It's back to school season and our social media feeds are flooded with families posting photographs of bright-eyed children holding Pinterest inspired chalkboard signs.
But, we would be remiss to not have a conversation about what "back to school" means for parents who no longer find themselves and their children in an intact family.
Domicile for Public School Enrollment in North Carolina
For most public school systems in North Carolina, enrollment entitlement is determined by the "domicile" of the child. Domicile has been interpreted to have a different meaning from "residency," but not every county's policies are clear on how domicile will be determined for children who have two homes. What is clear is that in North Carolina a parent has to have legal custody of a minor child to make any decisions about that child's school enrollment.
Where the clear lines stop and the gray area begins, however, is when a court order provides for joint custody—legal and physical custody to both parents. A review of the policies of several counties reveals a myriad of approaches to determining where a "joint custody child" is domiciled and what rights the parents have to enroll the minor child in school. For example, one North Carolina county provides that domicile of a student is presumed to be the domicile of the parents, legal guardian, or legal custodian. That county's policy further states that domicile of a child with parents living in separate homes is determined by the domicile of the parent with physical custody, but the county allows parents with joint physical custody to jointly agree on which parent's domicile will be the child's domicile. In contrast, another county's policy has a similar definition of domicile which makes it clear that the parent with primary physical custody will be the parent whose domicile controls, but the policy doesn't address what happens when physical custody is equal and shared.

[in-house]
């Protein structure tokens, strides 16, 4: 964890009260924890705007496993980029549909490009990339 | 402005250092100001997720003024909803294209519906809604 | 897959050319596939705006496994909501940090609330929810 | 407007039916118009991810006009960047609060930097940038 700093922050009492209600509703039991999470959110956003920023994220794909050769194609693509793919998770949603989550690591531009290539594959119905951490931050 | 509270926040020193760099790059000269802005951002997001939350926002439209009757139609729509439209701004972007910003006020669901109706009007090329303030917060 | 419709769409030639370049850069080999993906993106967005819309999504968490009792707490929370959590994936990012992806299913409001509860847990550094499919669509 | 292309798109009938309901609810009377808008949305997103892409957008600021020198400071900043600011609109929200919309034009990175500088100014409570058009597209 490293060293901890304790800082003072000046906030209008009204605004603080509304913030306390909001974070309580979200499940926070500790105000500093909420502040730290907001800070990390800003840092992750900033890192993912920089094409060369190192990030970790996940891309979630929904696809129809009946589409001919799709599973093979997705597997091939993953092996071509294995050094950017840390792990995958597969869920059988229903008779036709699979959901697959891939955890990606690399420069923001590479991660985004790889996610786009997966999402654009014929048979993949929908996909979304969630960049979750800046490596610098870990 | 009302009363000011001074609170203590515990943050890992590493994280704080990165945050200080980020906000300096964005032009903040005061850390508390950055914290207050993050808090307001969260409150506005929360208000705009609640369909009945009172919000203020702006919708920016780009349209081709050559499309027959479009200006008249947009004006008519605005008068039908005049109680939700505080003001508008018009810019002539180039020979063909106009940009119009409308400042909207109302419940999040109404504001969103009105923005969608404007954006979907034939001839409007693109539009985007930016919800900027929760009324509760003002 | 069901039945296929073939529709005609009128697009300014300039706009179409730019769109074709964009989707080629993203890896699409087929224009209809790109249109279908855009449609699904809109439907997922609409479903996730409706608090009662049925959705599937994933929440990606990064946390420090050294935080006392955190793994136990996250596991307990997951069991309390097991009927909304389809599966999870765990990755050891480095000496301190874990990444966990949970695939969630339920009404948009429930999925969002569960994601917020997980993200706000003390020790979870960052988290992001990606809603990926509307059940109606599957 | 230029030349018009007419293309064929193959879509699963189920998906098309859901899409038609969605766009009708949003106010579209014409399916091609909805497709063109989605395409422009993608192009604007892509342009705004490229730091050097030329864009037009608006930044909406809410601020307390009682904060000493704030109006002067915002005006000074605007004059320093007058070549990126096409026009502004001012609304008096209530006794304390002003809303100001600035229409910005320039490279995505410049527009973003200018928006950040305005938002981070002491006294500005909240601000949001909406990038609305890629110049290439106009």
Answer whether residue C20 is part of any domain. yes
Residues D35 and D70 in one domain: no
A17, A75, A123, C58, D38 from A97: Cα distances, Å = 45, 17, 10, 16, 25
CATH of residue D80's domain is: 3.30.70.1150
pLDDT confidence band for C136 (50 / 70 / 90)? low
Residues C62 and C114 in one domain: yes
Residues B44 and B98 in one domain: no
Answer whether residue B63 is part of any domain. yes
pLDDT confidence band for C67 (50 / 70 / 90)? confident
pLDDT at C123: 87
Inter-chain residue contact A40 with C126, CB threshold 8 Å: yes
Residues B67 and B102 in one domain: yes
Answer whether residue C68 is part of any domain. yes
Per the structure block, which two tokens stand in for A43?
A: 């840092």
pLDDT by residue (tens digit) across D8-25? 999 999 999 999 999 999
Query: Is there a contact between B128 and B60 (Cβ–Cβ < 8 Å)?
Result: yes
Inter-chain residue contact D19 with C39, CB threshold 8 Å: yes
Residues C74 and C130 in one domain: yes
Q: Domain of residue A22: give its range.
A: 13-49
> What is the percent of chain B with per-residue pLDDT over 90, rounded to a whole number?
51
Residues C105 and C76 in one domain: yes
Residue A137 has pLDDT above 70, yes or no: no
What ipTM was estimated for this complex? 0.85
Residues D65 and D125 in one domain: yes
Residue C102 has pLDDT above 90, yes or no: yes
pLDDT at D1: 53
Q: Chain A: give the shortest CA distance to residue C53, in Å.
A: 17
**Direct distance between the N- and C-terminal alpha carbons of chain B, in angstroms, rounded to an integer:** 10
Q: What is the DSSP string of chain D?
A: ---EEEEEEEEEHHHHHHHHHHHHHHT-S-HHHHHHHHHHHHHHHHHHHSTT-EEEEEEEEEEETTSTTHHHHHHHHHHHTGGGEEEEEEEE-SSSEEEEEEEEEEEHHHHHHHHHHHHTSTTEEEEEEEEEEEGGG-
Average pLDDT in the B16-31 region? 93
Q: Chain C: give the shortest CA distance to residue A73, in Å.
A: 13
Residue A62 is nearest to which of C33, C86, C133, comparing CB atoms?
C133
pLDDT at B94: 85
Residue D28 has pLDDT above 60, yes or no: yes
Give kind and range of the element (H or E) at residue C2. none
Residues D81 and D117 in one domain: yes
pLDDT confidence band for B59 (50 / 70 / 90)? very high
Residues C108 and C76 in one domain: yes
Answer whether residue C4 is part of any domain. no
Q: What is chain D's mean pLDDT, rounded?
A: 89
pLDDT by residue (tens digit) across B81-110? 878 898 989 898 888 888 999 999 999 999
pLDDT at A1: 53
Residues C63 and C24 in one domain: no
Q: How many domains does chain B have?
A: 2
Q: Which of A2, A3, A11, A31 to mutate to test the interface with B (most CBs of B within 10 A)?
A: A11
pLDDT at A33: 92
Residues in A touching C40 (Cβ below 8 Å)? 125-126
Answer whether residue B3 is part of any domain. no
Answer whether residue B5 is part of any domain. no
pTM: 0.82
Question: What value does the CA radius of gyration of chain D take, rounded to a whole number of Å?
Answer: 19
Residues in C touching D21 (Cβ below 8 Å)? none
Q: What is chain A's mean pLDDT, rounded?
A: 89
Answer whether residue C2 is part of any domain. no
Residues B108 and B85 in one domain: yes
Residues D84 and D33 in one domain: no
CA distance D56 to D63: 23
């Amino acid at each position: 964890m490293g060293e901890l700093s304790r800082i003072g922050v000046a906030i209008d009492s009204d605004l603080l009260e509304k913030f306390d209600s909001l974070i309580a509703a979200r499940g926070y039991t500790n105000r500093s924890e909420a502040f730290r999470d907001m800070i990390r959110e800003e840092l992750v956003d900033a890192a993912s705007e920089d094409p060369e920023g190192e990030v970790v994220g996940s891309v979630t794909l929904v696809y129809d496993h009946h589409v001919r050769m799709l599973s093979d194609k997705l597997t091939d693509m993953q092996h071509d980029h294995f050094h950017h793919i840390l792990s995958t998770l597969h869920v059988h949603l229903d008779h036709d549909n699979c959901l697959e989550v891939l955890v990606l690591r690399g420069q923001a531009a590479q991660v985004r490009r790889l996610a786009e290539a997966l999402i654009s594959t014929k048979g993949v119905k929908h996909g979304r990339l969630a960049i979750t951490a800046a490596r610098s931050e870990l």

Planning to Address Enrollment